John Piper, A Hunger For God

So push yourself away from the drama- filled, over-indulged, keeping up with the neighbors, intellectualizing God into a box, never satisfied, table of the world so you can see God & God’s love in the places you’ve been trying to consume, control or use rather than appreciate.

God’s love, always here, always available, for everyone. Yes, everyone. Simply stop and ask to see.

I’ll do it myself!

As we grow, there comes a point in our young lives that we in some way express, I’ll do it myself!

Fast forward, years, perhaps decades, that turning point often becomes a key aspect of our current identity. There are both pros and cons to the identity linked to “I’ll do it myself” in our current culture, independence is celebrated; individuality expected and supported.

Neither right nor wrong, our current culture often pushes us into a corner which shames us into expressing our rugged individualism. This inner story we tell ourselves can be one of the large stumbling blocks on our spiritual journey.

Identity speaks more to our relationship to the inner story we tell ourselves, perhaps how we relate to our ego or the various personas that make up our ego… but let’s not get caught up in our intellects too long… bottom line, our identy/s (ego, persona, etc.) helps ground us and guide us through this seemingly ungrounded and challenging world.

In these times of uncertainty, our identities can become both a place to go for relief but also a prison that keeps us locked in. A way you can explore whether your identifications have you grounded or locked away is by looking within at how you identify yourself. Take a look at the identity wheel below and highlight the top 4-5 ways you identify yourself of you think others identify you.

I tried to locate the originator of this model but did not, if anyone knows, please let me know so I might give credit where due.

Now that you’ve identified your top 4 or 5, narrow it down to your top one or two. Once you’ve done that, cross one of your top ones off the list. As you do, note how you feel.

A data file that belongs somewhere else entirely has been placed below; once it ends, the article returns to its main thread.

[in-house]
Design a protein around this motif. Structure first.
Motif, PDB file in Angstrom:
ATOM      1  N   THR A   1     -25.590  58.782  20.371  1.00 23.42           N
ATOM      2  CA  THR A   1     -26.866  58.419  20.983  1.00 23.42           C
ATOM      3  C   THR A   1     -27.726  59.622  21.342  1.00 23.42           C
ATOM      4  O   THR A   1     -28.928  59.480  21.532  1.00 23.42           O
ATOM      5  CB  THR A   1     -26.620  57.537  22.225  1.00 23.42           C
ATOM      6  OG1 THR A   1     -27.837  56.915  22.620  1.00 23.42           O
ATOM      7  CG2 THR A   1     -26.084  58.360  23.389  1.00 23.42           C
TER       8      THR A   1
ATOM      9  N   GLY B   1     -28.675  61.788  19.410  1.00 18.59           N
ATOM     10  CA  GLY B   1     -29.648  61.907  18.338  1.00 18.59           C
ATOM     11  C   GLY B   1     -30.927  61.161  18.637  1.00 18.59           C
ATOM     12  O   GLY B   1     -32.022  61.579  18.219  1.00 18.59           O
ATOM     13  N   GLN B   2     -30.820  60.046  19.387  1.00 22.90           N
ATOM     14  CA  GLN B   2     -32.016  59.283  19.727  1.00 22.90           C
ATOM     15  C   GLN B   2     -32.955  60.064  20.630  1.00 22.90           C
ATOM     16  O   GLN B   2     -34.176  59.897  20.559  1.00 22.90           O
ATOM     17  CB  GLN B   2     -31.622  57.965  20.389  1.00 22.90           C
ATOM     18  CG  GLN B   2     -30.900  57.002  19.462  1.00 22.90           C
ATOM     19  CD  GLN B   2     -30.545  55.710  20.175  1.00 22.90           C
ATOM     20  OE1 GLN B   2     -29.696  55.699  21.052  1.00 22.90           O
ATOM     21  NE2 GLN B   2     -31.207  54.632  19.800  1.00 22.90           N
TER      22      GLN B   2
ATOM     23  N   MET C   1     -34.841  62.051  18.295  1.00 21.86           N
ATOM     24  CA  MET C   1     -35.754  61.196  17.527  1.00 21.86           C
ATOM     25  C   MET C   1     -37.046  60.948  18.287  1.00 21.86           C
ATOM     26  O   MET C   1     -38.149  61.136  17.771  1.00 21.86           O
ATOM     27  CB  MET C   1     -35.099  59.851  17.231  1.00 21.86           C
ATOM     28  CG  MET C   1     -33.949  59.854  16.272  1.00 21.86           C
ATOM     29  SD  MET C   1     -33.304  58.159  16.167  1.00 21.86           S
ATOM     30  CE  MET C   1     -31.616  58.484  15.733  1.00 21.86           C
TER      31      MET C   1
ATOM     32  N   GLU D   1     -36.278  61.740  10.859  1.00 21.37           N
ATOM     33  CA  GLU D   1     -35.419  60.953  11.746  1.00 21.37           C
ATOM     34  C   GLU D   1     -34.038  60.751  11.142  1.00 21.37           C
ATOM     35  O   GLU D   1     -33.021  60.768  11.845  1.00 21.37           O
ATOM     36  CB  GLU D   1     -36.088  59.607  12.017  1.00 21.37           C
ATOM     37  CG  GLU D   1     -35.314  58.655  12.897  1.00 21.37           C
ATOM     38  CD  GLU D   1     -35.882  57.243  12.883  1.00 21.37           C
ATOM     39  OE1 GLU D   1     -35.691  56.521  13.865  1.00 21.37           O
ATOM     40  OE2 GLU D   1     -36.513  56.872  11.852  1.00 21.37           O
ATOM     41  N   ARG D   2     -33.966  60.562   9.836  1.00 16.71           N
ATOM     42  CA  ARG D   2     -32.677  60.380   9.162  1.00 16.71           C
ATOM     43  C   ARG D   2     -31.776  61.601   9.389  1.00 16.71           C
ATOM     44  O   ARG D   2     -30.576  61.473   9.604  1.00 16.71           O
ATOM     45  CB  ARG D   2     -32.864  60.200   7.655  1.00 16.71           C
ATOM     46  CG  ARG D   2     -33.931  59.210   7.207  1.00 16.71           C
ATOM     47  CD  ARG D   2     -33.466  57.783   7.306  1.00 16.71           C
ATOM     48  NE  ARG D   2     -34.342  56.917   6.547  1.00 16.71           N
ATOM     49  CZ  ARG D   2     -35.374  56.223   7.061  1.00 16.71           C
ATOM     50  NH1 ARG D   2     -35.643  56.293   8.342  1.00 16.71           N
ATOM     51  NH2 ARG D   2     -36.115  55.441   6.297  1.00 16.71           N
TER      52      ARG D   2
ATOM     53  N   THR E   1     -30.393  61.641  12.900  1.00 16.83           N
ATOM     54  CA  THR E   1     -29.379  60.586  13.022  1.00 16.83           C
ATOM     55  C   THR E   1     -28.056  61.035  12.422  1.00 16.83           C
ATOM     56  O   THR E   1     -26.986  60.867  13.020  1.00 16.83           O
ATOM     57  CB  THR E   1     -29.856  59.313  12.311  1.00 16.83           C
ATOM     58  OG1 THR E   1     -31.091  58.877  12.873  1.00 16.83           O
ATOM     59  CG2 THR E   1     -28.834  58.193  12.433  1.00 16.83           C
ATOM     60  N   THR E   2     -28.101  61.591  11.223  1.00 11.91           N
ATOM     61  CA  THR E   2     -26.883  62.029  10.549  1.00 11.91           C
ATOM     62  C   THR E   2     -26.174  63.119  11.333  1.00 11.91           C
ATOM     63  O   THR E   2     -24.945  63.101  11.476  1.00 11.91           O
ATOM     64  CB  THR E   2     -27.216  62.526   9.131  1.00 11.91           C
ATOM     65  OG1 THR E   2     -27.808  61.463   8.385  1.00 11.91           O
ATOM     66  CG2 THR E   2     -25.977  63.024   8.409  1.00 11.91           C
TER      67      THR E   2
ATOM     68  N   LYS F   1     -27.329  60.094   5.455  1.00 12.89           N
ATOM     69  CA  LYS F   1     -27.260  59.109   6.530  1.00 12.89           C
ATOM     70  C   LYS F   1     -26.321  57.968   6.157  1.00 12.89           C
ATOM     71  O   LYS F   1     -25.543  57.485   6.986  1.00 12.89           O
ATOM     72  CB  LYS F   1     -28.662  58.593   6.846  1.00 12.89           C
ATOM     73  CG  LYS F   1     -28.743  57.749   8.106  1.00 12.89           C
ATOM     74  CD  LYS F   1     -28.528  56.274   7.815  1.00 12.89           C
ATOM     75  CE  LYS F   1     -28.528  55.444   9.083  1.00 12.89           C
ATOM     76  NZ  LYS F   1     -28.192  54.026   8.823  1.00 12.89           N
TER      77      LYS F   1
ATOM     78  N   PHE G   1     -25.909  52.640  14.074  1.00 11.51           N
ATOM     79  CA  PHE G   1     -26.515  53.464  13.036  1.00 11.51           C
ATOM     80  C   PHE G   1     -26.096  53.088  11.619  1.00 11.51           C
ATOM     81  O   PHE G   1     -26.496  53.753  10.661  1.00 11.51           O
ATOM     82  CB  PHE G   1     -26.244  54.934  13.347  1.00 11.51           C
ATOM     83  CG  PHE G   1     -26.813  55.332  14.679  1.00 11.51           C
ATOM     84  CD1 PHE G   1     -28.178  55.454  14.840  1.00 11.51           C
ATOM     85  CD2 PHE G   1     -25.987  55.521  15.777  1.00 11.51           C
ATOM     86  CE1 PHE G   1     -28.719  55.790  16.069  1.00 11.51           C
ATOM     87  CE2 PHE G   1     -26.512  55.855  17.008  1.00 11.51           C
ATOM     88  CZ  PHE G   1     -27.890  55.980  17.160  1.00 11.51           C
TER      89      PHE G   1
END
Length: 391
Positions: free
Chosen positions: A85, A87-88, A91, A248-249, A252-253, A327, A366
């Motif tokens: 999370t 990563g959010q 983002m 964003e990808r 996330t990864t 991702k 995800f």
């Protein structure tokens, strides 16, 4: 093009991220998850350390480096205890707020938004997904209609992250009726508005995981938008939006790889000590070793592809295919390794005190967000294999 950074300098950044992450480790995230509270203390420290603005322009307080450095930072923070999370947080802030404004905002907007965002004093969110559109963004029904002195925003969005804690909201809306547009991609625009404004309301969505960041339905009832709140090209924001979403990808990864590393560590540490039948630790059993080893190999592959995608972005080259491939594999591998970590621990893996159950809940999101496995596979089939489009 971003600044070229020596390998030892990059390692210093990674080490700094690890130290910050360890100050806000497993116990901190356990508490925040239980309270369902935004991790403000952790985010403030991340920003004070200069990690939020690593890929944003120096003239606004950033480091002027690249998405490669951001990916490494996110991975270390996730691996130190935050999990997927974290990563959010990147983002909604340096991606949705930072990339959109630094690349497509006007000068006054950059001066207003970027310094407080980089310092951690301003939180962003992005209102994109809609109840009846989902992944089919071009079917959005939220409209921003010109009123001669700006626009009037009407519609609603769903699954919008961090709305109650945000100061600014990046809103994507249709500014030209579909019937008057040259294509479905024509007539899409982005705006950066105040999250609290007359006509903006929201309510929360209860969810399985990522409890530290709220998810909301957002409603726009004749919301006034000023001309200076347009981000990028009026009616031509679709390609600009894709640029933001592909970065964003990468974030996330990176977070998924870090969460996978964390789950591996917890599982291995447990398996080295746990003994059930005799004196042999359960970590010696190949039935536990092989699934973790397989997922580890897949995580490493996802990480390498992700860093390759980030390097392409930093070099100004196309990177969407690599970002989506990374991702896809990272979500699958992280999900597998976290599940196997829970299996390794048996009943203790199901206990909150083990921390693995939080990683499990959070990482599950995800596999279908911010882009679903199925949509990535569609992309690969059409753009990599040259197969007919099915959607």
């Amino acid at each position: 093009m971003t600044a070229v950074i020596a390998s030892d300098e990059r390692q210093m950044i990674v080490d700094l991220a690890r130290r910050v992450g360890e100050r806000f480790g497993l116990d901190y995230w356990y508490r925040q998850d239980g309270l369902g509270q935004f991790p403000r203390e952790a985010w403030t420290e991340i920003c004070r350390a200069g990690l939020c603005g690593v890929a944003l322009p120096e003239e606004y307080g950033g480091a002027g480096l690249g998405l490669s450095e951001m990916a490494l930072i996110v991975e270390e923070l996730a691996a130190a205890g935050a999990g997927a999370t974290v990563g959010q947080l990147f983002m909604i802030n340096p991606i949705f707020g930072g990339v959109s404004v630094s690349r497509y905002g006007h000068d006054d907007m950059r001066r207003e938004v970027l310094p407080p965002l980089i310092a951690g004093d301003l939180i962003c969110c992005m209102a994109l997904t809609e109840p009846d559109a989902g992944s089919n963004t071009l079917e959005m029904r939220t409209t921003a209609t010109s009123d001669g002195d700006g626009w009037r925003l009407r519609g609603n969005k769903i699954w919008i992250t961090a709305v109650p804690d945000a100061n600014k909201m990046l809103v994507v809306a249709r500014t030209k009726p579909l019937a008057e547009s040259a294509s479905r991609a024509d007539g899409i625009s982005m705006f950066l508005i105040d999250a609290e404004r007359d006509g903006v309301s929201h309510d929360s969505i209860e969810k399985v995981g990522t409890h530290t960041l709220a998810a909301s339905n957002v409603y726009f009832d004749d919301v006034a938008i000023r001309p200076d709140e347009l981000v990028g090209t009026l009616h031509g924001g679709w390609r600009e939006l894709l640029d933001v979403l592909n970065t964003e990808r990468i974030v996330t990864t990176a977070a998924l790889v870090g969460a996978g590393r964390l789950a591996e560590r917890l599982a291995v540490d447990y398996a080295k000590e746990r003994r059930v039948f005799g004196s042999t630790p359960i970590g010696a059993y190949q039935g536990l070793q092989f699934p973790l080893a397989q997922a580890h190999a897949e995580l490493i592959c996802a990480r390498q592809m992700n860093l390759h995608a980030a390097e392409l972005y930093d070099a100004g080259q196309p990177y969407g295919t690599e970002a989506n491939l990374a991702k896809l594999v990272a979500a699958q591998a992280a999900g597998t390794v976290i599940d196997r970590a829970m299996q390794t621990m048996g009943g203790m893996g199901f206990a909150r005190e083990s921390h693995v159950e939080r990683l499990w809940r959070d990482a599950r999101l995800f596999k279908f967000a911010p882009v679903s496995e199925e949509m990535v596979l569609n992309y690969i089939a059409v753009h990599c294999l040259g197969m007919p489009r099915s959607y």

Ask yourself what you would be without that identity. Explore within to notice what thoughts and emotions emerge. You’re likely noticing your deep attachments to the inner story you’ve been telling yourself about who you are. Further you may be noticing a glimpse of some new freedom as you notice that you are much more than the story which identify with so closely.

If you’d like to explore this further, I’d be glad to hear from you.

Are you on the right track?

Short answer, yes.

Now let’s dig into that a bit. Often our inability to ‘see’ we’re on the right track keeps us from realizing we indeed are. Our modern society markets so many things to us , and in such a way that we often are overwhelmed by choices. Sometimes when we finally choose a direction or make a decision, we begin to question if it is or was the right one.

Our struggling does not actually knock us off the right track but rather keeps us from accepting what is on our right track as a part of our life’s Love lesson.

Let me be careful to offer that although “life’s Love lesson” may sound friendly, enlightening and ultimately supportive… when the “triple L’s” show up in your life, they will often appear as insurmountable problems, challenges or fears.

What to do…

Recognize your own unique path. Accept that it is your path to navigate for better or for worse. Accepting the reality of where you are on the path is helpful even it is difficult to do. It may not feel like it often… or ever, but trust me, you are beloved and you have special gifts that you and the world needs.

So how do we discover these gifts? How do we live out our uniqueness in a way, knowing we are on the right track?

Be still.

Be still.

Notice what you notice right now. This will only take a minute. What you’re noticing may be within you; it may be around you; may be a memory; a plan; an emotion; a desire; just pay attention to what is there for you now.

Now observe it, feel it, sense it.

Breath. And again.

Slowly notice what it is, and ever so gently inquire, why am I noticing this? What, if anything, am I to do with this noticing?

Take your time. No hurry. You’ll never get through all those emails waiting for you anyway!

As you’re able bring the question back to you’re attention, “am I on the right track” and ask how does this noticing inform me about my wondering? Is there something for me to do with whatever I’m noticing or seeing?

Often our question will bring interactions or people to mind which are there to guide us as well. In the garden, Jesus struggled in prayer, asking God to “take the cup from him” if possible as his best friends slept. Needless to say he asked them to pray with him, to “stand guard” but they kept sleeping as he struggled to give up his agenda to the greater agenda laid out before him.